SetHandler python-program
PythonHandler django.core.handlers.modpython
SetEnv DJANGO_SETTINGS_MODULE mysite.settings
PythonDebug On

then all your URL patterns will need to start with “/mysite/”. For this reason we usually recommend deploying Django at the root of your domain or virtual host. Alternatively, you can simply shift your URL configuration down one level by using a shim URLconf:
urlpatterns = patterns(”,
(r’^mysite/’, include(‘normal.root.urls’)),
)
2
Running Multiple Django Installations on the Same Apache Instance

It’s entirely possible to run multiple Django installations on the same Apache instance. You might want to do this if you’re an independent Web developer with multiple clients but only a single server.

To accomplish this, just use VirtualHost like so:1
NameVirtualHost *
ServerName http://www.example.com
# …
SetEnv DJANGO_SETTINGS_MODULE mysite.settings
ServerName www2.example.com
# …
SetEnv DJANGO_SETTINGS_MODULE mysite.other_settings

If you need to put two Django installations within the same VirtualHost, you’ll need to take a special precaution to ensure mod_python’s code cache doesn’t mess things up. Use the PythonInterpreter directive to give different directives separate interpreters:

ServerName http://www.example.com
# …

SetEnv DJANGO_SETTINGS_MODULE mysite.settings
PythonInterpreter mysite
SetEnv DJANGO_SETTINGS_MODULE mysite.other_settings
PythonInterpreter mysite_other
The values of PythonInterpreter don’t really matter, as long as they’re different between the two Location blocks.
Running a Development Server with mod_python

Because mod_python caches loaded Python code, when deploying Django sites on mod_python you’ll need to restart Apache each time you make changes to your code. This can be a hassle, so here’s a quick trick to avoid it: just add MaxRequestsPerChild 1 to your config file to force Apache to reload everything for each request. But don’t do that on a production server, or we’ll revoke your Django privileges.1

If you’re the type of programmer who debugs using scattered print statements (we are), note that print statements have no effect in mod_python; they don’t appear in the Apache log, as you might expect. If you have the need to print debugging information in a mod_python setup, you’ll probably want to use Python’s standard logging package. More information is available at http://docs.python.org/lib/module-logging.html. Alternatively, you can or add the debugging information to the template of your page.2
Serving Django and Media Files from the Same Apache Instance

Django should not be used to serve media files itself; leave that job to whichever Web server you choose. We recommend using a separate Web server (i.e., one that’s not also running Django) for serving media. For more information, see the “Scaling” section.1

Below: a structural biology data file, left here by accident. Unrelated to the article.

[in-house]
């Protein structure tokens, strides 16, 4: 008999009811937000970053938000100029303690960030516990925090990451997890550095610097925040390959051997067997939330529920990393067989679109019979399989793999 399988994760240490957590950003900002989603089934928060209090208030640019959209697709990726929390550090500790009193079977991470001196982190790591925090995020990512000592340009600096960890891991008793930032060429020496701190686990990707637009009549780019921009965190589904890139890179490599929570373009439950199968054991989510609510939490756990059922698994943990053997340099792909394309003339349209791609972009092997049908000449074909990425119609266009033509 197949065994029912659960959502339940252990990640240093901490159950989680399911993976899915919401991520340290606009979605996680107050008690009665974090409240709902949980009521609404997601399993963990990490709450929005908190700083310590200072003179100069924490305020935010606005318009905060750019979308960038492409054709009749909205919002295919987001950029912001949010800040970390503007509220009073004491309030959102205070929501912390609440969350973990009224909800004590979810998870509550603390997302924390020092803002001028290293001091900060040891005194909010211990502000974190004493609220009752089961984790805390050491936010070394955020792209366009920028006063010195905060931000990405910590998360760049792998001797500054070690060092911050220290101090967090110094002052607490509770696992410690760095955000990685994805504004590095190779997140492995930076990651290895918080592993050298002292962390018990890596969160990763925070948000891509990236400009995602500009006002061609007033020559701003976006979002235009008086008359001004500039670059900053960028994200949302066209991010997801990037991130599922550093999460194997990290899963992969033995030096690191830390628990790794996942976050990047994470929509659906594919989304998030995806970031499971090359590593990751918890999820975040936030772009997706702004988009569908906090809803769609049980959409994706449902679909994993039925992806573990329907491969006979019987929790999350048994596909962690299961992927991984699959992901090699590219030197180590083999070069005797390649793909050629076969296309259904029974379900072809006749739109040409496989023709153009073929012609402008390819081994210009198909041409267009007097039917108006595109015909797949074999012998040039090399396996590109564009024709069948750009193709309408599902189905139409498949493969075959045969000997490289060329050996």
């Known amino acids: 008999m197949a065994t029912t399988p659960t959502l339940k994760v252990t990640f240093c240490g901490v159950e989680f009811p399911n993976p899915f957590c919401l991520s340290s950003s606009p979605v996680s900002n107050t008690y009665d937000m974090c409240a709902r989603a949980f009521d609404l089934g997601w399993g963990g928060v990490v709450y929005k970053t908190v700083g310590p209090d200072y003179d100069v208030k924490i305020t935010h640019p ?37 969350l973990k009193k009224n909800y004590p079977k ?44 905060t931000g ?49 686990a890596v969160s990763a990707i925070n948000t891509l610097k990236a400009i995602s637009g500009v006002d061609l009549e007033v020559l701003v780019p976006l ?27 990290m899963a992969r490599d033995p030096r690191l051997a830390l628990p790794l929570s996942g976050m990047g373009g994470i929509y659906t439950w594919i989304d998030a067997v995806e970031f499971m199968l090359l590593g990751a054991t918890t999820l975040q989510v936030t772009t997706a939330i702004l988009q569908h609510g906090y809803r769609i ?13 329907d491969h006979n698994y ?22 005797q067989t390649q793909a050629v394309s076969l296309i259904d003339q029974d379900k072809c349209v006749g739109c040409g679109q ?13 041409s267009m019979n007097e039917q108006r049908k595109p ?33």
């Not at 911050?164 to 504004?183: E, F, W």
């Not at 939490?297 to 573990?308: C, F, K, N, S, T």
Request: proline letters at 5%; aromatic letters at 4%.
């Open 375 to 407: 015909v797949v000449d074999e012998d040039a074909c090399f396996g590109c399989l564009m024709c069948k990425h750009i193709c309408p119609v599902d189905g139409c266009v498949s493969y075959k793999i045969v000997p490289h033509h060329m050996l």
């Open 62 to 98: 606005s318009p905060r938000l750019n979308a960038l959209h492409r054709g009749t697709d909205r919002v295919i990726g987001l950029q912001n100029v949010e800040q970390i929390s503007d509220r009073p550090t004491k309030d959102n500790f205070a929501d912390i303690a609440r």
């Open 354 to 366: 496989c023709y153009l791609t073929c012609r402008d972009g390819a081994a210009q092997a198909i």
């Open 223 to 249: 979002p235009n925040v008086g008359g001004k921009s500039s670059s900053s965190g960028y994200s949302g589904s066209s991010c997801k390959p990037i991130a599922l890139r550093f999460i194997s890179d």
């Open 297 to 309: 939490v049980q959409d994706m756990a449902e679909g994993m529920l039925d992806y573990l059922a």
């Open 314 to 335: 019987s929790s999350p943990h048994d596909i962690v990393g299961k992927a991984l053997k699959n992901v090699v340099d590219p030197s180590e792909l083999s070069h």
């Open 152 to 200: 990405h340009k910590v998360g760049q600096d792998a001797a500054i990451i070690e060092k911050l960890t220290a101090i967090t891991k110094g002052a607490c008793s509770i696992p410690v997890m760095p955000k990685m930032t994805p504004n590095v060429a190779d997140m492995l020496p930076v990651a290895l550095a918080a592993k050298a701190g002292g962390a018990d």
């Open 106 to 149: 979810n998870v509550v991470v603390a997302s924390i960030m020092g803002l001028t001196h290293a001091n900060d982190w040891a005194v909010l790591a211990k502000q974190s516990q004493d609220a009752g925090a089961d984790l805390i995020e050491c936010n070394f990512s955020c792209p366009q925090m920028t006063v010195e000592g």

If, however, you have no option but to serve media files on the same Apache VirtualHost as Django, here’s how you can turn off mod_python for a particular part of the site:

SetHandler None

Change Location to the root URL of your media files.

You can also use to match a regular expression. For example, this sets up Django at the site root but explicitly disables Django for the media subdirectory and any URL that ends with .jpg, .gif, or .png:

SetHandler python-program
PythonHandler django.core.handlers.modpython
SetEnv DJANGO_SETTINGS_MODULE mysite.settings
SetHandler None
SetHandler None

In all of these cases, you’ll need to set the DocumentRoot directive so Apache knows where to find your static files.

Python tutorial 18- Using python in netbeans

 

  • Start NetBeans 7
  • Click on Tools > Plugins
  • When the Plugins window opens click the Settings Tab
  • In the Settings tab click the Add button
  • Type whatever Name you want for this, I used ‘Developer Updates’
  • Under URL put http://deadlock.netbeans.org/hudson/job/nbms-and-javadoc/lastStableBuild/artifact/nbbuild/nbms/updates.xml.gz and click OK
  • The plugin list should refersh and may take a moment, when it does click on the ‘Available Plugins’ tab.
  • In the search box there type ‘python’ to find the python plugin, check the box for that plugin and click Install.

Python tutorial 0–Resources

Python tutorial 17.2 Working with modules

Opening and encoding a webpage

def main():
    import urllib.request
    page=urllib.request.urlopen(‘http://bw.org/’)
    for line in page: print(str(line, encoding =’utf_8′), end=”)

if __name__ == “__main__”: main()

 

 

Module resource : http://docs.python.org/py3k/index.html

Python tutorial 17–Objects in database

import sqlite3

class database:
    def __init__(self, **kwargs):
        self.filename = kwargs.get(‘filename’)
        self.table = kwargs.get(‘table’, ‘test’)
   
    def sql_do(self, sql, *params):
        self._db.execute(sql, params)
        self._db.commit()
   
    def insert(self, row):
        self._db.execute(‘insert into {} (t1, i1) values (?, ?)’.format(self._table), (row[‘t1’], row[‘i1’]))
        self._db.commit()
   
    def retrieve(self, key):